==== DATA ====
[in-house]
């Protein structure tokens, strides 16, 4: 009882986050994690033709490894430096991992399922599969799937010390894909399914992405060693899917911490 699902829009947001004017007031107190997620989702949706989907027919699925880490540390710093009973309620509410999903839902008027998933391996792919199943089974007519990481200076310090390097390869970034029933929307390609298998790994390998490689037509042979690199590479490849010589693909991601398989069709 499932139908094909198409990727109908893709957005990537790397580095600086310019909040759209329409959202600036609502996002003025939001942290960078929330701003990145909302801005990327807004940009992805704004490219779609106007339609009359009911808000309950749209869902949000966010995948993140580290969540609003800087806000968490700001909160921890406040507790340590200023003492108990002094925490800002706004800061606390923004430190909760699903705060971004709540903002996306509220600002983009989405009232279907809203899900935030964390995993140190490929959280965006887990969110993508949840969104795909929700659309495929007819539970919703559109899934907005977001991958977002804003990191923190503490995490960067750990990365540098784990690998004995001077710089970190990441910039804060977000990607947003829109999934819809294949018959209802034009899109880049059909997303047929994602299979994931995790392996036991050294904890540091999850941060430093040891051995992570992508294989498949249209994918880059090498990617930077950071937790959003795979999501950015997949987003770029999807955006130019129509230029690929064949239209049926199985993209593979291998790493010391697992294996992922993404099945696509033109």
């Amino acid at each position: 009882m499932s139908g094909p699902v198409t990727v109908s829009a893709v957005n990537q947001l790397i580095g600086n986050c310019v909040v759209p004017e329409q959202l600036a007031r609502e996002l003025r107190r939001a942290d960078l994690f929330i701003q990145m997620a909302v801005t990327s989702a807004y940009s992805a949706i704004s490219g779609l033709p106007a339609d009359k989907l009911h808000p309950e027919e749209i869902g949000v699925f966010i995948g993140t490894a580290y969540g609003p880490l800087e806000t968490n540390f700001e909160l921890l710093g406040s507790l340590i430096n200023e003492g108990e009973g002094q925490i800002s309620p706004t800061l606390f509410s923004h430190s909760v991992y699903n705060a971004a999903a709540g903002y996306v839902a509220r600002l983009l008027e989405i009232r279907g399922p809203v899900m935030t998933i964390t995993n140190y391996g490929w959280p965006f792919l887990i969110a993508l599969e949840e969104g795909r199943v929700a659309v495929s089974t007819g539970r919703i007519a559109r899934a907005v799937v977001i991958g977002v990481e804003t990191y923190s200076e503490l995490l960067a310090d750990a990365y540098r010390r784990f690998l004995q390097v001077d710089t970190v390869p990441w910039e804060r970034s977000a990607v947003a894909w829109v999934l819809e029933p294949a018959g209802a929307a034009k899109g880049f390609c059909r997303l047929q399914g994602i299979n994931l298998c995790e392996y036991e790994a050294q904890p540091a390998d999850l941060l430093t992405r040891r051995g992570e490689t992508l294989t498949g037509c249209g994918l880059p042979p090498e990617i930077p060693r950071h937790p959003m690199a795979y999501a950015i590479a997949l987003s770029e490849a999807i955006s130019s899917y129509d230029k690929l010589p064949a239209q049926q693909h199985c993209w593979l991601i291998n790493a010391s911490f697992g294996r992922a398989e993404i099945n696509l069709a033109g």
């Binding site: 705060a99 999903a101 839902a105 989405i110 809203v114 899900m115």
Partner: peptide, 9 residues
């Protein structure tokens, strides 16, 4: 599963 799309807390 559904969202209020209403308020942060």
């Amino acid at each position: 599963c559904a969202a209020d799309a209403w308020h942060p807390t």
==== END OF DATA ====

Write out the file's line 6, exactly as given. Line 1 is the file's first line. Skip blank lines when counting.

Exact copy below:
């Protein structure tokens, strides 16, 4: 599963 799309807390 559904969202209020209403308020942060």